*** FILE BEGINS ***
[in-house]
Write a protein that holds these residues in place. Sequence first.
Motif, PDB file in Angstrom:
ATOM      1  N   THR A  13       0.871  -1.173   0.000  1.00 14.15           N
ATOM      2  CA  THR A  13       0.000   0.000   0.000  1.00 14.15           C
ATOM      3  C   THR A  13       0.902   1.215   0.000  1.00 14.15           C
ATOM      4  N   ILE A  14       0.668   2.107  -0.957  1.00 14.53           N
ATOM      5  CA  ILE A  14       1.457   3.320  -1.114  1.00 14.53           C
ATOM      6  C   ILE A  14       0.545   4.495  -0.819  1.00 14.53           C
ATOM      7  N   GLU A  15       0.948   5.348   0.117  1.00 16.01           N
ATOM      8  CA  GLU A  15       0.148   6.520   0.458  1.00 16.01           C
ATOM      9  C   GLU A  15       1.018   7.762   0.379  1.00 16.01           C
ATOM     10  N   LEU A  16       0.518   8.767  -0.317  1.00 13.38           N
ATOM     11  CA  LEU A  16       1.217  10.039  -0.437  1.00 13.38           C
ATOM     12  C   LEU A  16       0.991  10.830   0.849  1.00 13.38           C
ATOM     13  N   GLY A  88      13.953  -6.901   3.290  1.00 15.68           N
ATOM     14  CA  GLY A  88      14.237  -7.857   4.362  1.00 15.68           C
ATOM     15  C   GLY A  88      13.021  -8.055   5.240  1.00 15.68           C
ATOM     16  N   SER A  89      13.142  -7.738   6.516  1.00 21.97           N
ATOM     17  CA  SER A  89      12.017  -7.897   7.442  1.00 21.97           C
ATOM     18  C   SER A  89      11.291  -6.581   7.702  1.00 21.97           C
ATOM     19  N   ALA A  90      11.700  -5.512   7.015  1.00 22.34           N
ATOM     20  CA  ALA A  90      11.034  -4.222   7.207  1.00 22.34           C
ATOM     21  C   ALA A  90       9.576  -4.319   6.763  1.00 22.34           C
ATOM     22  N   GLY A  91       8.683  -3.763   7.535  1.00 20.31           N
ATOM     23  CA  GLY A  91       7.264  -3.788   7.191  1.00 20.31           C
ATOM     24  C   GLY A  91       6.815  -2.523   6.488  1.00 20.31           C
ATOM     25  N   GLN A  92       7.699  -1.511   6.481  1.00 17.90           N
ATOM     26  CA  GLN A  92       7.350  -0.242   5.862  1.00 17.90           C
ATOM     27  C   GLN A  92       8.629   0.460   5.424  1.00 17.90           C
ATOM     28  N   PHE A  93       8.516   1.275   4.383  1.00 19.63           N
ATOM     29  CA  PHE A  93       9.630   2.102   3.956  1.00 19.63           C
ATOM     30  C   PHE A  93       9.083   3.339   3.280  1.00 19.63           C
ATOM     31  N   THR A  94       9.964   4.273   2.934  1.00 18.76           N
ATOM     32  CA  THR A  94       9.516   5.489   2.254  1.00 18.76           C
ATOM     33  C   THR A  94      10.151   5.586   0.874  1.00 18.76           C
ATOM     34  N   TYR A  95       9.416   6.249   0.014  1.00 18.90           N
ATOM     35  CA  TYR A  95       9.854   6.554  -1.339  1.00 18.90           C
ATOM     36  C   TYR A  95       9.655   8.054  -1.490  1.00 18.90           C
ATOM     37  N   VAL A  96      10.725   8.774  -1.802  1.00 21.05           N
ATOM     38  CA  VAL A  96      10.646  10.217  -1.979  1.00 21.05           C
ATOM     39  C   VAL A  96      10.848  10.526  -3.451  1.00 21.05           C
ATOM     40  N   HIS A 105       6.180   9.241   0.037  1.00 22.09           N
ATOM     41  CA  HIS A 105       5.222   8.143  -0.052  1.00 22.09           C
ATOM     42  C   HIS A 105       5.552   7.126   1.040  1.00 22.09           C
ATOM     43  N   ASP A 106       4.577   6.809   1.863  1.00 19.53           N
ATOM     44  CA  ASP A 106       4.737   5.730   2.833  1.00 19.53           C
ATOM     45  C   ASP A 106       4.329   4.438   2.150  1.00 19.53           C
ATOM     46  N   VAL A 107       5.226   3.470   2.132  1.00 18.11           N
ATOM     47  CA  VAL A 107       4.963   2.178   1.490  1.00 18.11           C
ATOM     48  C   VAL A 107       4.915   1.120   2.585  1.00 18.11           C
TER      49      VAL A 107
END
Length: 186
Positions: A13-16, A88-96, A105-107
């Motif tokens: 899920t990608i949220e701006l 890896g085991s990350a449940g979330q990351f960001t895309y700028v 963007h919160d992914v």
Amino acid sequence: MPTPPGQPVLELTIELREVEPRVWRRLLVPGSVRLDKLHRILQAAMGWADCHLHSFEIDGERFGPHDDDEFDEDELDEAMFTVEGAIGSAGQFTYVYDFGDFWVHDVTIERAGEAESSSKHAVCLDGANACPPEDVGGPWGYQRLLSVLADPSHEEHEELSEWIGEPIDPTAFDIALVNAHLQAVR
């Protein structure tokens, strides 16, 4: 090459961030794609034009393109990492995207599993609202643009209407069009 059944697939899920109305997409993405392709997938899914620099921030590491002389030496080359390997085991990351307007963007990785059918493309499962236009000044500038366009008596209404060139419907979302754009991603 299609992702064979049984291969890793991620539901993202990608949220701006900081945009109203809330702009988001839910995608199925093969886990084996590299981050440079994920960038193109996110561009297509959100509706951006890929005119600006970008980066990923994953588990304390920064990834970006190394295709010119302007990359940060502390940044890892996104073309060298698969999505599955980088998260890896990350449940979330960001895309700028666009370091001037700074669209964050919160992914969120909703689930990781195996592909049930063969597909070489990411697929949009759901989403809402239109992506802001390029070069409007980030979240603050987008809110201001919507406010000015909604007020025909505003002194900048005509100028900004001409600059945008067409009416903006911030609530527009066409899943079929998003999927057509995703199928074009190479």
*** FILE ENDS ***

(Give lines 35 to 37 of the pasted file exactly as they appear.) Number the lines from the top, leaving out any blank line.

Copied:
ATOM     32  CA  THR A  94       9.516   5.489   2.254  1.00 18.76           C
ATOM     33  C   THR A  94      10.151   5.586   0.874  1.00 18.76           C
ATOM     34  N   TYR A  95       9.416   6.249   0.014  1.00 18.90           N